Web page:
I have just run into this very issue. I am thinking the only thing to do would be to create some preset of the critieria we need to use that applies to the Section 508 specifications.
In some ways there may be some versatilty in this, but probably for culpability or some such reasons Adobe has now left it up to the individual user to set these up.
What would a preset for Section 508 look like? I guess the best place would be to either go through the government document itself, or to copy the specs given in Acrobat Pro X.
Run the full check, but with the understanding that the Acrobat XI checker, while a big improvement over the X version, is still not very thorough. Selecting a subset of test criteria would merely render the checker even more inadequate.
For a much better PDF accessibility checker download the excellent, free PAC 1.3 from the Swiss foundation Access for All. You can find it here http://www.access-for-all.ch/en/pdf-lab/pdf-accessibility-checker-pac/dl132.html. PAC 1.3 tests for WCAG 2.0 compliance, but the 508 checklist maps to WCAG 2.0. You may notice that a newer version, PAC 2.0, is available but is still in beta and tests for more-difficult -to-meet ISO 14289 compliance. If you are interested, you can find the 508 PDF accessibility checklist here http://www.hhs.gov/web/508/accessiblefiles/checklistpdf.html.
Finally, even the best automated checker can get you no more than about half way to an accessible PDF. Automated tests can verify that a PDF is tagged using correct syntax, but cannot determine if the tags are otherwise correct, ensure correct reading order, or verify that alt text is meaningful – to site just a few examples. Careful, knowledgeable manual inspection of the tag structure is essential. The PAC 1.3 screenreader preview is a big help in the necessary manual inspection – it lets you see what an assistive technology user would hear.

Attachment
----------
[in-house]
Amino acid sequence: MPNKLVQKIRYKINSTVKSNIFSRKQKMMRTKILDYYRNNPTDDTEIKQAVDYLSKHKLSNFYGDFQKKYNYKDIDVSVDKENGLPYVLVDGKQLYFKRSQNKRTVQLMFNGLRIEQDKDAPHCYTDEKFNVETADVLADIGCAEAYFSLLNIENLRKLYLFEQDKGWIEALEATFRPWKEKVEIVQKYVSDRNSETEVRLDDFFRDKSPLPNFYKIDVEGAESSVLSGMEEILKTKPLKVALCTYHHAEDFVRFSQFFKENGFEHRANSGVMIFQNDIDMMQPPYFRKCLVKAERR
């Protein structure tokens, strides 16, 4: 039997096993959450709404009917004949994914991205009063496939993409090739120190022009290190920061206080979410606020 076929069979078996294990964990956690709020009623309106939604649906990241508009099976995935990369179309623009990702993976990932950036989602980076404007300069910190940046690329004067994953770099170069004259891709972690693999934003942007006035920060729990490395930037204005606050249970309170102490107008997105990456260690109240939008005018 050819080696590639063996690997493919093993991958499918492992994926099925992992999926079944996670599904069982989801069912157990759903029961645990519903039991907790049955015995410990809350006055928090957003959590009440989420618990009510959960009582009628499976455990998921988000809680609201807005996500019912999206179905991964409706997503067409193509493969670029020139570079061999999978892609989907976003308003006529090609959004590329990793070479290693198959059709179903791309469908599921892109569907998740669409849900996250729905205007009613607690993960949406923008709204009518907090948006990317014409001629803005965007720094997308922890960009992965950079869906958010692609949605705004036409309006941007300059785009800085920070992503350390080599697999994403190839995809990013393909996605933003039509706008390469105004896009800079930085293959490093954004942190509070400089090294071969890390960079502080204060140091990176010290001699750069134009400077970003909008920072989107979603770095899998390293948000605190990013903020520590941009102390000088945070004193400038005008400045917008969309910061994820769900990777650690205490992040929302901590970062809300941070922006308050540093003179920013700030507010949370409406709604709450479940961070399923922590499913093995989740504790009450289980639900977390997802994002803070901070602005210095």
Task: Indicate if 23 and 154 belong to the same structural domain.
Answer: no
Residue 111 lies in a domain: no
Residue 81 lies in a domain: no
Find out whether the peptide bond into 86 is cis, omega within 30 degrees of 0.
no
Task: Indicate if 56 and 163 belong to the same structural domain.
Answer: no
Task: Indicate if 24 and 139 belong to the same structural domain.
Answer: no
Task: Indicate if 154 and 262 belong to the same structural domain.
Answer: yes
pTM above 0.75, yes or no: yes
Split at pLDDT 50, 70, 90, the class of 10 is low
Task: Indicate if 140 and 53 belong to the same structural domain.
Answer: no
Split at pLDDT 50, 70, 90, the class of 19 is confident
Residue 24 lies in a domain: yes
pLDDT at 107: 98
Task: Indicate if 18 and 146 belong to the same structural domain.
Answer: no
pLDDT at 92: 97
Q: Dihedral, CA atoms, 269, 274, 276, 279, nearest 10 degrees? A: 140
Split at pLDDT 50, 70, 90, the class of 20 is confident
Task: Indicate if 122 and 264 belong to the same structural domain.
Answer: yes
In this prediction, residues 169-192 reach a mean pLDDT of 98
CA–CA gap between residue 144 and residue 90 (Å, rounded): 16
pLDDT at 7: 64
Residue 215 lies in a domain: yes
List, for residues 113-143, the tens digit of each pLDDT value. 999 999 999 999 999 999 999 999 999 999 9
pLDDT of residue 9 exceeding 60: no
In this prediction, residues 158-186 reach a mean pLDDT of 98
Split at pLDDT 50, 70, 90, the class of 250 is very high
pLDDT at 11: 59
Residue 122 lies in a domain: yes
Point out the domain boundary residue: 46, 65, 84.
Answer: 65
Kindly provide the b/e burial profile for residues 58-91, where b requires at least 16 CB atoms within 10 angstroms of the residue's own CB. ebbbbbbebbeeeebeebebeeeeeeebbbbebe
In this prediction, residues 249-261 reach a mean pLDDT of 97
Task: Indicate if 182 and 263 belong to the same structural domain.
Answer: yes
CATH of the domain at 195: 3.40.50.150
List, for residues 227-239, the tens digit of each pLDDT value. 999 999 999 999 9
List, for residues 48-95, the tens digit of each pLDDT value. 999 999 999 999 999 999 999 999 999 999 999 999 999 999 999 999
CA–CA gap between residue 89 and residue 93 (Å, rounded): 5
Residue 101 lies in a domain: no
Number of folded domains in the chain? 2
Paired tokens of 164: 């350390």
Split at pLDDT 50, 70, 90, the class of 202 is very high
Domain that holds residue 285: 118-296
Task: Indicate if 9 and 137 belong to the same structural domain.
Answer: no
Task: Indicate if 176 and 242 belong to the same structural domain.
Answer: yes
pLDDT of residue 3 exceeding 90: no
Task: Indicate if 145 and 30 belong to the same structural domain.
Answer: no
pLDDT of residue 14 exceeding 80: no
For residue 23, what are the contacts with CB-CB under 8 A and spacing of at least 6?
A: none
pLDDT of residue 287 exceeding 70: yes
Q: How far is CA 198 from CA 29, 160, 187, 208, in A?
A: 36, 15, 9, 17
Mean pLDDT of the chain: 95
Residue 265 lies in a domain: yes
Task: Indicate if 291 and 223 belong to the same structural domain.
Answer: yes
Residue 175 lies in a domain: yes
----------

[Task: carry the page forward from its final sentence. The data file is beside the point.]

Hope this helps.
a 'C' student
Thanks for the good pointers.
The one problem with the PAC is that it apparently cannot run on the Mac OS, which means it’s useless for me.
Where I work what Adobe Acrobat will find should be sufficient, as more work than we can handle on each document we produce would ensue if we pursue a more thorough course.
Such is where we have to draw the line at an "undue burden" for our workload and ROI.
Ah, I did not realize the Mac OS part. As I am sure you have seen the Acrobat XI full check wisely recommends manual checks for logical reading order and color contrast. For those tasks you may want to evaluate two very useful tools - the Callas Software Acrobat plug-in pdfGoHTML and the Paciello Group's Color Contrast Analyser. Both are free and available for Mac. See
Actually, after more digging, I did find somewhat of a Mac version of PAC.
However, it does require this mono (windows simulator?) to be installed, and then I have to launch it from Terminal (a unix shell).
Thanks for the other links. I may check them up soon. It looks like I may have to become the resident 508 compliance guru at work.